In opposition, Lewis argued that Tagami was not entitled to summary judgment on the issue of paper title, claiming that the case involves "a complex chain of title and cannot be determined by way of summary judgment." Lewis also argued that Tagami was not entitled to summary judgment via adverse possession because Tagami's facts "are simply not enough to confer on . . . Tagami title by adverse possession." Among other things, Lewis contended that the rocks separating the Tagami and Lewis Parcels were not a boundary line but an 'auwai, or watercourse.

In his Affidavit, Lewis claimed, among other things, that the Notched Piece had been the subject of prior litigation, see Tagami, 41 Haw. 484, that the parties had argued over who would maintain the Notched Piece, that fences erected by the Tagamis were repeatedly taken down, that the Notched Piece had not been developed, that Lewis and his predecessors in interests had repeatedly asserted that they own the Notched Piece, and that the line of rocks was an 'auwai bed in which the Lewis family also placed rocks.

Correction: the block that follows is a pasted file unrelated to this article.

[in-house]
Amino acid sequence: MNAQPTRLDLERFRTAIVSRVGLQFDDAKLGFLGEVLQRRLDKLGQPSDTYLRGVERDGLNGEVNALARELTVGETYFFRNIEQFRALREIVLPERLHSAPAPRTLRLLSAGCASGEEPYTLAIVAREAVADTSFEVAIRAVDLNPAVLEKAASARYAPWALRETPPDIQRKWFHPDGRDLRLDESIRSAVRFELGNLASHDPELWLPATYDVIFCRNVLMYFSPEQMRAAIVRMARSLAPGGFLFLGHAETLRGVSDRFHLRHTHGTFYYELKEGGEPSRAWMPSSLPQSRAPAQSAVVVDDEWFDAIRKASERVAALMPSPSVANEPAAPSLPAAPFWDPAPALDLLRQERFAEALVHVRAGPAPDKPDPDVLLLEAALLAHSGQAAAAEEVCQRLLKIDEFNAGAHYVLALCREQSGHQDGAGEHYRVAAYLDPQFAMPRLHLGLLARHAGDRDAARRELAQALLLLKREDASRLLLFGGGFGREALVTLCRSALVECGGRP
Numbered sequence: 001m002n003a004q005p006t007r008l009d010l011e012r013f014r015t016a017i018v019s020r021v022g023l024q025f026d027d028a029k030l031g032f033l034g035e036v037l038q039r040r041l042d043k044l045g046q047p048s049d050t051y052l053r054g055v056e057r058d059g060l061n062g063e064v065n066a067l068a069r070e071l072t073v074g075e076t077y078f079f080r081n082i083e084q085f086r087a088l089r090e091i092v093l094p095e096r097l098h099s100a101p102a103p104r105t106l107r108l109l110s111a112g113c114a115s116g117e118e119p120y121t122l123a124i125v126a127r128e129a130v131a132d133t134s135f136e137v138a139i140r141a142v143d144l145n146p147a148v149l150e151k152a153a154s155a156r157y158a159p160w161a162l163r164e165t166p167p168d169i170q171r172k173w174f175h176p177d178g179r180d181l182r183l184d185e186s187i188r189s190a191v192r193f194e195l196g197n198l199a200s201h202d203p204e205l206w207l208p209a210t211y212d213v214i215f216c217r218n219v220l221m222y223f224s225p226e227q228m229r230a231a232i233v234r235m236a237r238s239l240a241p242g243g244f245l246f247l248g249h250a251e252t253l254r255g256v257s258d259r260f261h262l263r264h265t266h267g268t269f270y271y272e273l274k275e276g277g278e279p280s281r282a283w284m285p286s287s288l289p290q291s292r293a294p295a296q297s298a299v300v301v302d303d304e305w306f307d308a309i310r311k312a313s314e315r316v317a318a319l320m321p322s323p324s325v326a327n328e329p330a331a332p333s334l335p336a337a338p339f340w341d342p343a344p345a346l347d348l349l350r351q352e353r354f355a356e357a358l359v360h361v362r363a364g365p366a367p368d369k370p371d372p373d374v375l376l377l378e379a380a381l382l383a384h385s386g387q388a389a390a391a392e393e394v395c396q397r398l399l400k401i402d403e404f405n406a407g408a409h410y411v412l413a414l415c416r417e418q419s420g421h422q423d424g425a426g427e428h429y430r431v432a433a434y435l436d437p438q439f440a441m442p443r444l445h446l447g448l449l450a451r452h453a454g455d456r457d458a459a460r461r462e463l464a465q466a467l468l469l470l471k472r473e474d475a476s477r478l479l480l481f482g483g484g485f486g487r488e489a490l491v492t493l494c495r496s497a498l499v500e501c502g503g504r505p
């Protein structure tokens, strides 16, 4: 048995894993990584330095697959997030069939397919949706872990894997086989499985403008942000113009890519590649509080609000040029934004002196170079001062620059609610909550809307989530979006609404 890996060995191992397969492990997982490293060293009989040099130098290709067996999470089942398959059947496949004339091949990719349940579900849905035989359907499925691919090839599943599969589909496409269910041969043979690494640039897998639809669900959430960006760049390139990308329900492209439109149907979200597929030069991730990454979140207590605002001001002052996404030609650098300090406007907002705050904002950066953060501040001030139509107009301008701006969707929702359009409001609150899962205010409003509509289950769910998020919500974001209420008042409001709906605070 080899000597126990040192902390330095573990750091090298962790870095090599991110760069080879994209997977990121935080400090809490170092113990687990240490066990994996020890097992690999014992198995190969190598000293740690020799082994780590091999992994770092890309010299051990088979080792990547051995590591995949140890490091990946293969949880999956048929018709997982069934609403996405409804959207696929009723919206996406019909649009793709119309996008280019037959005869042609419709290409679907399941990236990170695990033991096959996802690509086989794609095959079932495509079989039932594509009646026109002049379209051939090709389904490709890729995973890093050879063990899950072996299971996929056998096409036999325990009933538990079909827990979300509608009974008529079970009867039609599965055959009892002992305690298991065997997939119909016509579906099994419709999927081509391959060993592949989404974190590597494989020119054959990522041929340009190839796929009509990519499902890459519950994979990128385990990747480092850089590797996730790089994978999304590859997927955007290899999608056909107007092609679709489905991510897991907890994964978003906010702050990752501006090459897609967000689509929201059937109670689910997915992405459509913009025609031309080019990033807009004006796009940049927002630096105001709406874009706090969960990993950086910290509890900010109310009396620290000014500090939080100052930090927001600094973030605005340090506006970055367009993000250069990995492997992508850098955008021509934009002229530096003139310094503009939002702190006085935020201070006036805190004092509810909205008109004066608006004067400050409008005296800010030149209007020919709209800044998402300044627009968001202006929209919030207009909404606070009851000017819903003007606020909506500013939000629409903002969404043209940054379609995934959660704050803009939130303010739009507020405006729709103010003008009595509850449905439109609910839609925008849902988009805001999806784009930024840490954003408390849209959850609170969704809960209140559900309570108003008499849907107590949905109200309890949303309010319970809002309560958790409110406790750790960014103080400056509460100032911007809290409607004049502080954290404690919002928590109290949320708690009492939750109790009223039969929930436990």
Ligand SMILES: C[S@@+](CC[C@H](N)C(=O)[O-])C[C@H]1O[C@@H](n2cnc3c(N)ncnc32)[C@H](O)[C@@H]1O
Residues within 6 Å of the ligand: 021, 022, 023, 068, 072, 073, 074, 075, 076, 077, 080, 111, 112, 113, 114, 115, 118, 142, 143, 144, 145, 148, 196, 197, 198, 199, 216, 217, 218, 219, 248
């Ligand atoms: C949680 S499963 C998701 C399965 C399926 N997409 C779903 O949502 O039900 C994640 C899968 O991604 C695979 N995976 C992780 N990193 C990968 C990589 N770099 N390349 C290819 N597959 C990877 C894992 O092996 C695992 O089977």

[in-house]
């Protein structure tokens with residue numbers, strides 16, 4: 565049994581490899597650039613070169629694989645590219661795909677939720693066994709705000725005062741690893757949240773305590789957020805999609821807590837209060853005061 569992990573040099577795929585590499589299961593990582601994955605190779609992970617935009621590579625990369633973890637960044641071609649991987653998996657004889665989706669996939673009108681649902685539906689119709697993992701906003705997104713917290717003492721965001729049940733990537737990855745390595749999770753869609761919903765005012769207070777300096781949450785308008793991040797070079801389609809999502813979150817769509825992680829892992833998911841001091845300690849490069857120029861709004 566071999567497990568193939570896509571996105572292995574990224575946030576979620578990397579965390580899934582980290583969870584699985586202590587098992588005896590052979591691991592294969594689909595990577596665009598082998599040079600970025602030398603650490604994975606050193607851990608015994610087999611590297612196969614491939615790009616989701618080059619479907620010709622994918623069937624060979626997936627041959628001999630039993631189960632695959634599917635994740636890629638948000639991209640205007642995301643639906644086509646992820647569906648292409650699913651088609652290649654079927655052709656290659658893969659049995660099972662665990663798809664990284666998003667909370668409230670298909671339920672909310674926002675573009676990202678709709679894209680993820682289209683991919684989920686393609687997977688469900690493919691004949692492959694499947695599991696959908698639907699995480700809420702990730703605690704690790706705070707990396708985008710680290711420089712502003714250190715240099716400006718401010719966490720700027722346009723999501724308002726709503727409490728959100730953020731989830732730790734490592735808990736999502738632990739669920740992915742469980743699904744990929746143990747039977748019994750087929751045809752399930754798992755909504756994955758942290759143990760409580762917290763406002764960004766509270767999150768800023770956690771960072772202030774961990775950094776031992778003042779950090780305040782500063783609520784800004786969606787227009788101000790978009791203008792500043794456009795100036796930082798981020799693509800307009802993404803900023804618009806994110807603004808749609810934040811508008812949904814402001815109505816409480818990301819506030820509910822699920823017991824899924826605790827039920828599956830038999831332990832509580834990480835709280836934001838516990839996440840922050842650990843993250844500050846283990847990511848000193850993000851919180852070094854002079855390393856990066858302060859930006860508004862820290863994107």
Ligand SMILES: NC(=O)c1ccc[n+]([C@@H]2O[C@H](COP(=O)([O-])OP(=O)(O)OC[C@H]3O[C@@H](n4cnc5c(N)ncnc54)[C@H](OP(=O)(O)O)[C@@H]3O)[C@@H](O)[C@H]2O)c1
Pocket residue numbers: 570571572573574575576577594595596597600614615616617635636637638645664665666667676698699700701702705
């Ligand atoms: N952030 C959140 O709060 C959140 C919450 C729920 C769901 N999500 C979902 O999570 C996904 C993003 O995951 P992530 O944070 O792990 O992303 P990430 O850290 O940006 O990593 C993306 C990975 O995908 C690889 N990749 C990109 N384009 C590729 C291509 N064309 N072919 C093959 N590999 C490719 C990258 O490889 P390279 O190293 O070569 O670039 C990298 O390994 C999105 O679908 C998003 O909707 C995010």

On October 29, 2009, the Circuit Court entered findings of fact, conclusions of law, and the order granting the MPSJ-I. On August 30, 2010, the Circuit Court amended the October 29, 2009 findings of fact, conclusions of law and order granting the MPSJ-I, [3] and held that Tagami had established ownership of the Notched Piece through adverse possession.

D. Judgment

On August 30, 2010, the Circuit Court entered judgment in favor of Tagami and against Lewis on Counts I and II of the Complaint, stating, among other things, that Tagami owned the Notched Piece and that Lewis had "no right to vehicular access across the Tagami Property." This appeal followed.